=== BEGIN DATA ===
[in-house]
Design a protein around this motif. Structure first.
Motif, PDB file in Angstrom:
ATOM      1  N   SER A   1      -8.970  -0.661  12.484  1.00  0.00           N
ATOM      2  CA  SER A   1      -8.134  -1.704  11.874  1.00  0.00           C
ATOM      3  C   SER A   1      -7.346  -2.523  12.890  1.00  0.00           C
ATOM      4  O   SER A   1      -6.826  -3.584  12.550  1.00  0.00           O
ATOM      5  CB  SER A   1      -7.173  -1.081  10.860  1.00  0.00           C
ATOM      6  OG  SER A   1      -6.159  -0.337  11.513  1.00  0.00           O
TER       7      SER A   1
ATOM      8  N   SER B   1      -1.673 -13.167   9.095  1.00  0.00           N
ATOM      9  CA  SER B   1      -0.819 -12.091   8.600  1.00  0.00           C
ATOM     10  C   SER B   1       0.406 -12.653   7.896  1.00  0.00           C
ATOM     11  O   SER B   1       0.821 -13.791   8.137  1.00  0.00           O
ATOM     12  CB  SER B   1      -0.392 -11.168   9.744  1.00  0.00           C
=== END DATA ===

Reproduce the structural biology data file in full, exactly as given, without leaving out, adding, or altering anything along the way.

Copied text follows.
[in-house]
Design a protein around this motif. Structure first.
Motif, PDB file in Angstrom:
ATOM      1  N   SER A   1      -8.970  -0.661  12.484  1.00  0.00           N
ATOM      2  CA  SER A   1      -8.134  -1.704  11.874  1.00  0.00           C
ATOM      3  C   SER A   1      -7.346  -2.523  12.890  1.00  0.00           C
ATOM      4  O   SER A   1      -6.826  -3.584  12.550  1.00  0.00           O
ATOM      5  CB  SER A   1      -7.173  -1.081  10.860  1.00  0.00           C
ATOM      6  OG  SER A   1      -6.159  -0.337  11.513  1.00  0.00           O
TER       7      SER A   1
ATOM      8  N   SER B   1      -1.673 -13.167   9.095  1.00  0.00           N
ATOM      9  CA  SER B   1      -0.819 -12.091   8.600  1.00  0.00           C
ATOM     10  C   SER B   1       0.406 -12.653   7.896  1.00  0.00           C
ATOM     11  O   SER B   1       0.821 -13.791   8.137  1.00  0.00           O
ATOM     12  CB  SER B   1      -0.392 -11.168   9.744  1.00  0.00           C